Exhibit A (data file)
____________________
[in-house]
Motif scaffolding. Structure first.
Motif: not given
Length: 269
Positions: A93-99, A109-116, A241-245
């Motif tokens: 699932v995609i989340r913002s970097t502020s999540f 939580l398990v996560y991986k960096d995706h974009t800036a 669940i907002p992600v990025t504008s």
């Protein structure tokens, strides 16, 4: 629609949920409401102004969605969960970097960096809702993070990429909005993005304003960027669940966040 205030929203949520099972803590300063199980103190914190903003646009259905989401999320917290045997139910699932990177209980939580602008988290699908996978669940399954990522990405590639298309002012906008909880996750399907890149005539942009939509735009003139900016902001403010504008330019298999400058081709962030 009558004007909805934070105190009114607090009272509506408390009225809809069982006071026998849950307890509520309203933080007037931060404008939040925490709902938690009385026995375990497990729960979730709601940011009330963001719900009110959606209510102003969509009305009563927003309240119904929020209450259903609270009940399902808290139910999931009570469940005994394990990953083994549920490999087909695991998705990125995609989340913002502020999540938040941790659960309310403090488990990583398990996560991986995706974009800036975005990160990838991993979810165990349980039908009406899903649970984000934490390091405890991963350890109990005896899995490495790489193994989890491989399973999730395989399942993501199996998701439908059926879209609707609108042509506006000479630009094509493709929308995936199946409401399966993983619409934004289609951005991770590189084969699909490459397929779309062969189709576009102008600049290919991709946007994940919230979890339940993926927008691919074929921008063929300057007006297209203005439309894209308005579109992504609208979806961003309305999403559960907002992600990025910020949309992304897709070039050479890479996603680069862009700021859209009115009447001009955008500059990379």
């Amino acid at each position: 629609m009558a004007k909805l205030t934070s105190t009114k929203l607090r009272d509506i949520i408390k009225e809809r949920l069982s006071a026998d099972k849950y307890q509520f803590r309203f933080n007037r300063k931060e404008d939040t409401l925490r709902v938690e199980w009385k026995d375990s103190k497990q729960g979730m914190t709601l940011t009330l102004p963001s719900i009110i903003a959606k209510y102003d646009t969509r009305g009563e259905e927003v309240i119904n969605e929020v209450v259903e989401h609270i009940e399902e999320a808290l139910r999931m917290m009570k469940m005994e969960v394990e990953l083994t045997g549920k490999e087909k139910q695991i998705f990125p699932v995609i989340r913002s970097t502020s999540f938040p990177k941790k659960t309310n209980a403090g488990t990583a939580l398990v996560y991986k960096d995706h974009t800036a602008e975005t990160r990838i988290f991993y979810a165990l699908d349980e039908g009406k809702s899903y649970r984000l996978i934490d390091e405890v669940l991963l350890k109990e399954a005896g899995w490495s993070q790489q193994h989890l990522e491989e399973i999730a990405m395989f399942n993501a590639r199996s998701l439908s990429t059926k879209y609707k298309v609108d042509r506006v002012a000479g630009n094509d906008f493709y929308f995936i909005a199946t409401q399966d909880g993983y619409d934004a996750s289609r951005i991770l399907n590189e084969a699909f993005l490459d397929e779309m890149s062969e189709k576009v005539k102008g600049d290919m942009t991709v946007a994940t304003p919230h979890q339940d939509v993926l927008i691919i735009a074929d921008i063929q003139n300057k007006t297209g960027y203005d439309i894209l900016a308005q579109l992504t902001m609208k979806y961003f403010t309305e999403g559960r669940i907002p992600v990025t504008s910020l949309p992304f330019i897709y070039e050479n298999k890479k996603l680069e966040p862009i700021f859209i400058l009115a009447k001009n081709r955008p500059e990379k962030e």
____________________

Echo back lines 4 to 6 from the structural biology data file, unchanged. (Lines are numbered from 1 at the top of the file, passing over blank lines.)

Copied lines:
Length: 269
Positions: A93-99, A109-116, A241-245
């Motif tokens: 699932v995609i989340r913002s970097t502020s999540f 939580l398990v996560y991986k960096d995706h974009t800036a 669940i907002p992600v990025t504008s």